Too late to be early

Sunday November 12, 2006

I felt too tired this morning to do anything, and observed as much to Graham over breakfast.

“Me too. It’s the day after thing. And we did have a very late night last night.”

“Oh well. Just so long as it’s not only me.”

“Nah. Look at Dolly, yawning her head off.”

“That’s nothing to go by. She’s always yawning her head off.”

“I bet she’ll be toddling off for her morning sleep in a minute.”

“I have a feeling I may do the same as soon as I’ve finished up.”

“Why not? Do you have anything you have to do today?”

“Nothing special. I’ll need to pop down to Sainsbury’s before lunch.”

“Get something easy and let’s all have a day off.”

So I finished my morning writing, turned the computer off, and took a nice little nap on the sofa, with Dolly purring contentedly at my side. To Sainsbury’s, where I picked up lazy food. Lunch was followed, quite properly, by another nap and, when I got up I stirred myself enough to prepare vegetables ready for our evening meal.

“We shall have to eat late again,” I said.

“Why’s that, then?”

“I’ve just noticed they’ve shifted Torchwood back to ten o’clock.”

“Why don’t we eat early, and then you can watch it after dinner.”

“It’s too late to be early.”

“You know best.”

“You betcha I do.”

Today’s OMPOWRIMO poem has no deep significance. Just a bit of fun that would have done well for Halloween…

 

Fear the day
 
When you scratch too hard
at the dregs of the poetic barrel
the earth opens and the dead arise.
 
The ancients come, oh fear the day,
they come, they come to carry
the poet’s eye far too far away.
 
The words fail in their courses
the strophes hesitate in their turns
the monsters stir in the wind-torn night.
 
The faery folk drop their webby gowns
take up their axes and show their shining
teeth, sharp and ready. Oh, fear the day.
 
 
John Bailey
Somerset, November 2006

 

You asked me for the recipe for my fish pie. Happy to comply, I searched through my cook book only to find that the sheet I thought I had is nowhere to be found. It’s not really a recipe, you see, it’s more of a tradition. Even so, doing my best, I’ve worked out what it is I do when I make a fish pie and I reproduce it here for your delectation:

 

Fish Pie—the recipe

Fish pie is more of a way of producing an easy-to-cook supper dish from stuff you have in the cupboard and freezer than a formal recipe. I usually cook it with smoked haddock from the freezer but any firm-fleshed white fish will do. You can even make it with smoked salmon steaks if you’ve a mind for something extra special. Whatever your choice be sure it’s properly filleted and all bones removed.

Take an oval pie dish about two or three inches deep and grease it lightly on the bottom and part way up the sides. Place a small piece of fish (two to three ounces, no more) in the bottom for each person and dot each of them with two or three king prawns, shelled and cleaned. If using frozen fish, cover securely and defrost in the fridge for about eight hours or an hour on the counter in the kitchen. Doesn’t have to be completely defrosted but I always feel safer working with properly defrosted provender.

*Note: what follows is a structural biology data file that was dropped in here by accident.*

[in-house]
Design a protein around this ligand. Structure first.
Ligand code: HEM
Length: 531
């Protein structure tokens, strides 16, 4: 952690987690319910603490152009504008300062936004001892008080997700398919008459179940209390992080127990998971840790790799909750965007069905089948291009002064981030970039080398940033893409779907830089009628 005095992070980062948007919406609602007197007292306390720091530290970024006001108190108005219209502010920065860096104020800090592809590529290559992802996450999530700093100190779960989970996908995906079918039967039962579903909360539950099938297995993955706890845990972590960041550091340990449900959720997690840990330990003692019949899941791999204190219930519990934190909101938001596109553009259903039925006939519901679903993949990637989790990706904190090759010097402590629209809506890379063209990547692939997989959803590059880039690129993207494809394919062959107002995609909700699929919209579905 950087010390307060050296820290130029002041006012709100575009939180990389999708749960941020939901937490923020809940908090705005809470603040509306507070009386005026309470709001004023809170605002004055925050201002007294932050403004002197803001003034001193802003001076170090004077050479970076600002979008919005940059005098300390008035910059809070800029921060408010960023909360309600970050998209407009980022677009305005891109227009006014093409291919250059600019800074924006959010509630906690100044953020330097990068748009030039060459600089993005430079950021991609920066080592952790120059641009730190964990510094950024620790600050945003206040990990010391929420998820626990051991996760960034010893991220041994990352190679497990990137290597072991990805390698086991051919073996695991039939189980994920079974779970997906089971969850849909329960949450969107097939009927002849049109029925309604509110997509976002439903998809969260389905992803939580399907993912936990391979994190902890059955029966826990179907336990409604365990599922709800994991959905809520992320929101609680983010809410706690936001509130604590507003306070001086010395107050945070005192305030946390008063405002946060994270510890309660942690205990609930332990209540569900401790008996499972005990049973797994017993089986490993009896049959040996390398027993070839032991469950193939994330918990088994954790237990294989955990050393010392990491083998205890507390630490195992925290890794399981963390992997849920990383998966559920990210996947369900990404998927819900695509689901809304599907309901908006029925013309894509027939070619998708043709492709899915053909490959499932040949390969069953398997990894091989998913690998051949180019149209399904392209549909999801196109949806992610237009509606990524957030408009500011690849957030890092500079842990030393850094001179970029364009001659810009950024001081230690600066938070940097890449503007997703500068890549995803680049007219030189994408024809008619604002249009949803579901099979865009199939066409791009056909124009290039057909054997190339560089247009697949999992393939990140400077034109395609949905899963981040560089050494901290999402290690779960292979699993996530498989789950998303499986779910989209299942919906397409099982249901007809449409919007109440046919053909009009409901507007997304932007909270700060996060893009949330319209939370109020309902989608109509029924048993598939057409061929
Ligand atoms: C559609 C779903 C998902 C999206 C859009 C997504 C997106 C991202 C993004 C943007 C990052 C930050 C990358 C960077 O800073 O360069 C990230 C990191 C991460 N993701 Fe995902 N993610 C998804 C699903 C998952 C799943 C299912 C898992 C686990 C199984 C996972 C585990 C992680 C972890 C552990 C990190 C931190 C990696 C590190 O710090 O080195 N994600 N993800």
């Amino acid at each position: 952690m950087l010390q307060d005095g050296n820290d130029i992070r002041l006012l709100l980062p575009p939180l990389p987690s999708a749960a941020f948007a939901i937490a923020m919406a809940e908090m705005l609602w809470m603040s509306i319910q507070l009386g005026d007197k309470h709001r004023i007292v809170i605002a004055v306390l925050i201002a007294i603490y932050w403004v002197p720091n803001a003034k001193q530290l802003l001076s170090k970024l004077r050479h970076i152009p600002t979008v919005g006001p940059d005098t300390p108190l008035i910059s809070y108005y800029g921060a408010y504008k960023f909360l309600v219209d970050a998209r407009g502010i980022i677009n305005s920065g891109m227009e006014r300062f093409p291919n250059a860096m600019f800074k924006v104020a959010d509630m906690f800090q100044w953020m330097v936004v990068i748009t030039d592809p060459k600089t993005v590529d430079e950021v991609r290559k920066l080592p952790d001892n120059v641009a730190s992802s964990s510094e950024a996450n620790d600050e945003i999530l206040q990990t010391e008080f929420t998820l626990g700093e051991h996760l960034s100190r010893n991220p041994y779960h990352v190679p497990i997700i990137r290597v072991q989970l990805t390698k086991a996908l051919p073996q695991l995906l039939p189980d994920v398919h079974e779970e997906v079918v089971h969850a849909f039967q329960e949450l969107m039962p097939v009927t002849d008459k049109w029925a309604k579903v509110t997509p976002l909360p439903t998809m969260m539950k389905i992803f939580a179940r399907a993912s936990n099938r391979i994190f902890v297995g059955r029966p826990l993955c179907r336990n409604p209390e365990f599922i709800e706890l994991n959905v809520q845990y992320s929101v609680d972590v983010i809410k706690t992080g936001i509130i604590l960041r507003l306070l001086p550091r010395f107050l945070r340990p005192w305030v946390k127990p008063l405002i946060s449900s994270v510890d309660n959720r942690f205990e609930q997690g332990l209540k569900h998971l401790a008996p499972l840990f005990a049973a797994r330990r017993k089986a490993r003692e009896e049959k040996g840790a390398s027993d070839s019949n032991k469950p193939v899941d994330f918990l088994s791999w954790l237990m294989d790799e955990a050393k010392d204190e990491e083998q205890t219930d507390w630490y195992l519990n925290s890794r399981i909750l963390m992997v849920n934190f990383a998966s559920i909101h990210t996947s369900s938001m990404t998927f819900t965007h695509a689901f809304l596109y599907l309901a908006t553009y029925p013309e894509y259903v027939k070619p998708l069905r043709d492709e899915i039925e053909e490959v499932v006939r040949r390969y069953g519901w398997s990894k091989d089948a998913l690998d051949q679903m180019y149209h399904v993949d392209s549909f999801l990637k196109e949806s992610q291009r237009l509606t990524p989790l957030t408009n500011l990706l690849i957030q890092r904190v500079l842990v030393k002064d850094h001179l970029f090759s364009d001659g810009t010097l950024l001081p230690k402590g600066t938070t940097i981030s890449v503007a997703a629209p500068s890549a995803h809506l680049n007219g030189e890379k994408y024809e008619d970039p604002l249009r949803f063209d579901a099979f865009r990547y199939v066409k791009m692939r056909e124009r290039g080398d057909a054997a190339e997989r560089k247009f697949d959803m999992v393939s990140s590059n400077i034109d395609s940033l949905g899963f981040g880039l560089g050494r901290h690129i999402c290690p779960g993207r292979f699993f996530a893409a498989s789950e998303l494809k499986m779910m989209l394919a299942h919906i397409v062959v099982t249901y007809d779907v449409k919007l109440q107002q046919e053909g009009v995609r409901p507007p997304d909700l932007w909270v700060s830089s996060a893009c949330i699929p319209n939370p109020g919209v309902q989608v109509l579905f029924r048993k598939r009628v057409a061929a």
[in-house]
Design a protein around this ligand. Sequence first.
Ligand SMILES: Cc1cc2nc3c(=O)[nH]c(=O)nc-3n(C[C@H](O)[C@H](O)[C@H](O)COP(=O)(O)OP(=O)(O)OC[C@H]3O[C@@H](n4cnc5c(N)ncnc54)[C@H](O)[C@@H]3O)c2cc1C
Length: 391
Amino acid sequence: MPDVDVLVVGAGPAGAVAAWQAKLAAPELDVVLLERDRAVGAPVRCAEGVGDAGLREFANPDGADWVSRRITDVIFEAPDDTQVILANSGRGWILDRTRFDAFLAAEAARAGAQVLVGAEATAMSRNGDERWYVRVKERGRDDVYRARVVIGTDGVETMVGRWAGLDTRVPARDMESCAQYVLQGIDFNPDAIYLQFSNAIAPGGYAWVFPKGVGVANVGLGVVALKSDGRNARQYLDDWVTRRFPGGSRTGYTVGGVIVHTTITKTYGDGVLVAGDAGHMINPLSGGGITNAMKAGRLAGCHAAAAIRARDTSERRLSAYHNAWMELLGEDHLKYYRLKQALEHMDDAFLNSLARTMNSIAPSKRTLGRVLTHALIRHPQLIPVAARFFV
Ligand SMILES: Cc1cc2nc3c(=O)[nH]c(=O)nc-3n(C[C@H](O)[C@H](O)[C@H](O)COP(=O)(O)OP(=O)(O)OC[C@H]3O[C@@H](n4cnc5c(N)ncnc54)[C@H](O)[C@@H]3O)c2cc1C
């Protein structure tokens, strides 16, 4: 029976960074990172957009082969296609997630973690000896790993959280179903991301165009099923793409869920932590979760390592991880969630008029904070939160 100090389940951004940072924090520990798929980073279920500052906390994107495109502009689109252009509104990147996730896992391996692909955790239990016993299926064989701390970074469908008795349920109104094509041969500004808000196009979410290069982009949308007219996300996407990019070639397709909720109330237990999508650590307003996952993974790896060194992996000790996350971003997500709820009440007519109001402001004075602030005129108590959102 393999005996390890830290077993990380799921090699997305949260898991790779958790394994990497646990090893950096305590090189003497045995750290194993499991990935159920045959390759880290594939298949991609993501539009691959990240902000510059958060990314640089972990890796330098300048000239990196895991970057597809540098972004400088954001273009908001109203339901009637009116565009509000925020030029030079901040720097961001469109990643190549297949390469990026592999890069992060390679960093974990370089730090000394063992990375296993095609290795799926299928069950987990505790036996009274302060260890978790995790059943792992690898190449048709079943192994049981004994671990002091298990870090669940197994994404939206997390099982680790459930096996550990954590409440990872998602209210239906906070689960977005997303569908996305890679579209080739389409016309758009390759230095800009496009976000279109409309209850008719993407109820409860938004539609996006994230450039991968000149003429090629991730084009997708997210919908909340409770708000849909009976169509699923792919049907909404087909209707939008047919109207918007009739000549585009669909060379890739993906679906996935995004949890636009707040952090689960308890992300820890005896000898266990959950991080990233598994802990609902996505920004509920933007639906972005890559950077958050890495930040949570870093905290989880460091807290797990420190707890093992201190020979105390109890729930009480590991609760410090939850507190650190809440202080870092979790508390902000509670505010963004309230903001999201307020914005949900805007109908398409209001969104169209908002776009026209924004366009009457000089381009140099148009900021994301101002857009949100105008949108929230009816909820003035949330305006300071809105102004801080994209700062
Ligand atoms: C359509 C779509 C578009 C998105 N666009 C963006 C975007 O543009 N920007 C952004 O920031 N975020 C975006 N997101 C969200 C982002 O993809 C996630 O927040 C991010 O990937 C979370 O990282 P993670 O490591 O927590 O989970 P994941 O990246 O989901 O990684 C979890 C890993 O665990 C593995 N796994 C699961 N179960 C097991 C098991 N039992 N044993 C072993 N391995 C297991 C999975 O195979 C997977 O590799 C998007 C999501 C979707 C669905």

Meantime, prepare about half a pint of parsley sauce and enough mashed potato to make a pie cover. You can use packet sauce if you don’t cook your own, and left-over mash from the previous day is fine, too.

Cover all of this and put it aside until about an hour before you’re ready to eat.

When ready, pour the sauce over the fish and prawns, just enough to cover. Lift the fish a little so’s the sauce can go underneath. Season with fresh ground black pepper and a sprinkle of dried tarragon.

Spoon the mash carefully over the top and fork out to seal to the edges, making a pretty pattern if you’re so inclined. Sprinkle with a little grated cheese. I always use supermarket cheddar for this sort of thing but if you have a bit of gruyere left over that’ll make the dish extra special.

Decorate the top with a little line of sliced tomato, pierce a couple of steam holes with a skewer, place the dish on a baking sheet, and pop into a medium oven for 30-40 minutes or until light golden brown on top. Home-baked fish pie always leaks a little bit around the sides; I use this as a test that the thing’s properly cooked.

Serve immediately with a salad of your choice—chopped tomato with a little basil works awfully well. Being fair, this is a dish that’ll keep warm perfectly happily for an hour or two in a very mild oven, covered with foil, but I like it best when served as soon as it’s cooked.

Do you know the trick to serving a potato topped pie without generating a messed-up splosh on the plate? Ok. Run a knife around the edge and, using two fish slices, one at either end, carefully lift the topping in one piece onto a hot plate which you set aside for a moment. Spoon the contents of the pie onto the serving plates, divide the topping and, using a fish slice, slide a serving on top of each pile of contents. That way you preserve the appearance of the pie topping. Easy and neat.

Happy eating!

 

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